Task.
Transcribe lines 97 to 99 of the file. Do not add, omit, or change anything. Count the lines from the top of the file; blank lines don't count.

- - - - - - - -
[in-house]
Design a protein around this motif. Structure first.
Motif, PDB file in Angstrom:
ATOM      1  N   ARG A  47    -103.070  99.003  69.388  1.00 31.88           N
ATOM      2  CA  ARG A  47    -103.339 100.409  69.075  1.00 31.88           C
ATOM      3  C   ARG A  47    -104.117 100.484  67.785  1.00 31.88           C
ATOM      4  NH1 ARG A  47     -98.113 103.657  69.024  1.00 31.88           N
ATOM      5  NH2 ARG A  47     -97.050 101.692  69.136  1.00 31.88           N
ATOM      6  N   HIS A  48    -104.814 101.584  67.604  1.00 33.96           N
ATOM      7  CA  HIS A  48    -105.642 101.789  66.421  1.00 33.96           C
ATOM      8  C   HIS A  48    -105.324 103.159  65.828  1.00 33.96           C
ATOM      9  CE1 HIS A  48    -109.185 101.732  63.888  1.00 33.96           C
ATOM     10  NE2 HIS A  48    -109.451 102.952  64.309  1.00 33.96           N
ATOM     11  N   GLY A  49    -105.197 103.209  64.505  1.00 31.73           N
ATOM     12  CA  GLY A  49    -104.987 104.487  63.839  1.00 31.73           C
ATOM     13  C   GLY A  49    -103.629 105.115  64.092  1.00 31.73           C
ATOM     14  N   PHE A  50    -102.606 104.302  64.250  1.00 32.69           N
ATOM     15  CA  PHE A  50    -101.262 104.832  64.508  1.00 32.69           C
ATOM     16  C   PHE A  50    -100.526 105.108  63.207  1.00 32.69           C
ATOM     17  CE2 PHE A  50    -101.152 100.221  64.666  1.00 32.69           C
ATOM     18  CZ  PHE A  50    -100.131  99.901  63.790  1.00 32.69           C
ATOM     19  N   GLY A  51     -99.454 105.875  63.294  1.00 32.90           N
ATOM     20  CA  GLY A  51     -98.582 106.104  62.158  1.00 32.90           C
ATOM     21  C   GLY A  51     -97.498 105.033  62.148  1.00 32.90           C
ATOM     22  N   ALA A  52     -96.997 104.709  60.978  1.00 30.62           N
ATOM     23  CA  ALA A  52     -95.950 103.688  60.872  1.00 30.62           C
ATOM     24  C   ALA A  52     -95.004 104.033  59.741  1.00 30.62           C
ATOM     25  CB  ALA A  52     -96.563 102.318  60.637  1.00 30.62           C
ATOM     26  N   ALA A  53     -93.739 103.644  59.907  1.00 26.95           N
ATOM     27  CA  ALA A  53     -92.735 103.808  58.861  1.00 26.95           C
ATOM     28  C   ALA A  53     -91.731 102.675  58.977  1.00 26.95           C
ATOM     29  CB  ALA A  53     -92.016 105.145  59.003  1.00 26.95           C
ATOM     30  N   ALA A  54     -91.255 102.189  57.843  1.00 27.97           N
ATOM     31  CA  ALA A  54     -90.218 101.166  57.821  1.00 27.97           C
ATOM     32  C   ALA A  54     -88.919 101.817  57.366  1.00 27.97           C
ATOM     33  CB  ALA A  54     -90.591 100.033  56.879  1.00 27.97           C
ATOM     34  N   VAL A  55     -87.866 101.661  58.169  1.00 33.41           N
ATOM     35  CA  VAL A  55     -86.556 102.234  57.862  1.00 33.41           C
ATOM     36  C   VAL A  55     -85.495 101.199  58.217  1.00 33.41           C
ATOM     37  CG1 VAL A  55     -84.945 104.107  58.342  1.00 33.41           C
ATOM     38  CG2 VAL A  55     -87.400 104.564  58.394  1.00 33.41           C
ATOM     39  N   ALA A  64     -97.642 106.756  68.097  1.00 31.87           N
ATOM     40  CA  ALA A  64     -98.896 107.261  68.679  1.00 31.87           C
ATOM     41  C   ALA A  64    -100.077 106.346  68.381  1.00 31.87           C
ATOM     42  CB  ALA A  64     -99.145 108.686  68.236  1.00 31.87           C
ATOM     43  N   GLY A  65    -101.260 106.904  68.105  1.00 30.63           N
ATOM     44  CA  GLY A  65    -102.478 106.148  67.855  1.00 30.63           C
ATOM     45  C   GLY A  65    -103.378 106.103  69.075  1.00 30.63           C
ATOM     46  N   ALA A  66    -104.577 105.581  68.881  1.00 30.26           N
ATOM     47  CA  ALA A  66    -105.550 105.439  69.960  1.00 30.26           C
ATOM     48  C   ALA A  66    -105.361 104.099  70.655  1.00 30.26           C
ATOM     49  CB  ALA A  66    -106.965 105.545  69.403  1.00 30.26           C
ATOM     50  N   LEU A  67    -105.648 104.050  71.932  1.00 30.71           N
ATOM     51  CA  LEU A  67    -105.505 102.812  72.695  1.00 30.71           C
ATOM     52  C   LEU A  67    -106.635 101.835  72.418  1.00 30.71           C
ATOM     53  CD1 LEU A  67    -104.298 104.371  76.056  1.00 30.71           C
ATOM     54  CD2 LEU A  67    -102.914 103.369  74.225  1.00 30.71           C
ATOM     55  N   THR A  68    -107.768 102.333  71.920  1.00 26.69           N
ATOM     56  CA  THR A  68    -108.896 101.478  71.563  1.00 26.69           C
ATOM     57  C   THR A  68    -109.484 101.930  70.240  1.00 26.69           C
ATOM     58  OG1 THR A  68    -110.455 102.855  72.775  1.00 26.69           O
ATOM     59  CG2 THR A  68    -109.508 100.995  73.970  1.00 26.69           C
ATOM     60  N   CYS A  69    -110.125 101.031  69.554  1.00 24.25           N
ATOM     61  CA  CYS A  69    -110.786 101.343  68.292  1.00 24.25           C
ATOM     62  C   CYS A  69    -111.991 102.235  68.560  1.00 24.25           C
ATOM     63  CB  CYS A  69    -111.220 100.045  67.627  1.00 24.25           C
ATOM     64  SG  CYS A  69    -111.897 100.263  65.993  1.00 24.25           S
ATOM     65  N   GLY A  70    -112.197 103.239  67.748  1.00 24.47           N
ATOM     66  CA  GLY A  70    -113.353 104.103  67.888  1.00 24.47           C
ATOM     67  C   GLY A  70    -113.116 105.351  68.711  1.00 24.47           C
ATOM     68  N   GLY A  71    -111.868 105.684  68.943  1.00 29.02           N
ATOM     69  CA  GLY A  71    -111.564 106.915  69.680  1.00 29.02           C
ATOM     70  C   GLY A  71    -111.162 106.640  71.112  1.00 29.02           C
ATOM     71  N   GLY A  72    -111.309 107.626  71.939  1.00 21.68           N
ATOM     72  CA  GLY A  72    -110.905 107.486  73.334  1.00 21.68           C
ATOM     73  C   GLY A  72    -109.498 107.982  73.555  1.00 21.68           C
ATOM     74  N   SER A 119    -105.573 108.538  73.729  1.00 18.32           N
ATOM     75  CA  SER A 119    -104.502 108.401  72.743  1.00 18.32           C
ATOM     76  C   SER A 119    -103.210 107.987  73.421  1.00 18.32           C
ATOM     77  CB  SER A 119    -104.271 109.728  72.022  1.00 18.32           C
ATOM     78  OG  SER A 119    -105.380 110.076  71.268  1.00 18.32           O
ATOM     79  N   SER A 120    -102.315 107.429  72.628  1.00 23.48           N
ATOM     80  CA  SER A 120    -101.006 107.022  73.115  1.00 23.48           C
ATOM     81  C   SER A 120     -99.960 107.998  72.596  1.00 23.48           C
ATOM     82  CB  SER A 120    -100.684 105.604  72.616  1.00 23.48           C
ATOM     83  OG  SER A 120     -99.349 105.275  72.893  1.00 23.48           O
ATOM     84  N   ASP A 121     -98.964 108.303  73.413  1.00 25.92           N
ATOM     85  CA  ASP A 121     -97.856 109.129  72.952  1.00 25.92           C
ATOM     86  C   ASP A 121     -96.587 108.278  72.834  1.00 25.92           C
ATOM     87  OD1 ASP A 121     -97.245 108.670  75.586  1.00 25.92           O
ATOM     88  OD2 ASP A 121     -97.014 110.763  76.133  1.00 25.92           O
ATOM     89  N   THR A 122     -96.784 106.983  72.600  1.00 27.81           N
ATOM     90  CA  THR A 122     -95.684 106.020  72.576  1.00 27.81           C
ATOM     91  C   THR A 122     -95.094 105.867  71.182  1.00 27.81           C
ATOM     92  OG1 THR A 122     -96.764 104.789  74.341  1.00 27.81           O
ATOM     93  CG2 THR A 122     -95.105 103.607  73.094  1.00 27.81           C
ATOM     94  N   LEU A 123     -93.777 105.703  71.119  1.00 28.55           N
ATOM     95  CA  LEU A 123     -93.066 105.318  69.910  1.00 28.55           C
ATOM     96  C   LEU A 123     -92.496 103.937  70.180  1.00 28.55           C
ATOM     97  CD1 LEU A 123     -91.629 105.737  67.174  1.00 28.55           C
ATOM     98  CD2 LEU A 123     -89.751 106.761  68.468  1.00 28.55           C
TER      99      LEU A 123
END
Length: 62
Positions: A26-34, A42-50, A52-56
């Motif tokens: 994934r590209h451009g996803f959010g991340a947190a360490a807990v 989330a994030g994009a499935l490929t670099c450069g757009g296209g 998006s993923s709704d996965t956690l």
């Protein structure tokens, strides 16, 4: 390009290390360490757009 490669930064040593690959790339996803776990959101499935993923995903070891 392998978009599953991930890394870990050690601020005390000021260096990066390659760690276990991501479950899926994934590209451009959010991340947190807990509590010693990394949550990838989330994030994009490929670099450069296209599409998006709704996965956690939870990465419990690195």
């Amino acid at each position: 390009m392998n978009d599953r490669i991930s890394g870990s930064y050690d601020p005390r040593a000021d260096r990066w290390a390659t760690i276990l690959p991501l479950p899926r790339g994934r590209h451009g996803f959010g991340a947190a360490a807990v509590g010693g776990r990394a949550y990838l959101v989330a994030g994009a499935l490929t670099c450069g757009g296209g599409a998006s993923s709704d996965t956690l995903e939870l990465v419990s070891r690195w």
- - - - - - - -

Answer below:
ATOM     94  N   LEU A 123     -93.777 105.703  71.119  1.00 28.55           N
ATOM     95  CA  LEU A 123     -93.066 105.318  69.910  1.00 28.55           C
ATOM     96  C   LEU A 123     -92.496 103.937  70.180  1.00 28.55           C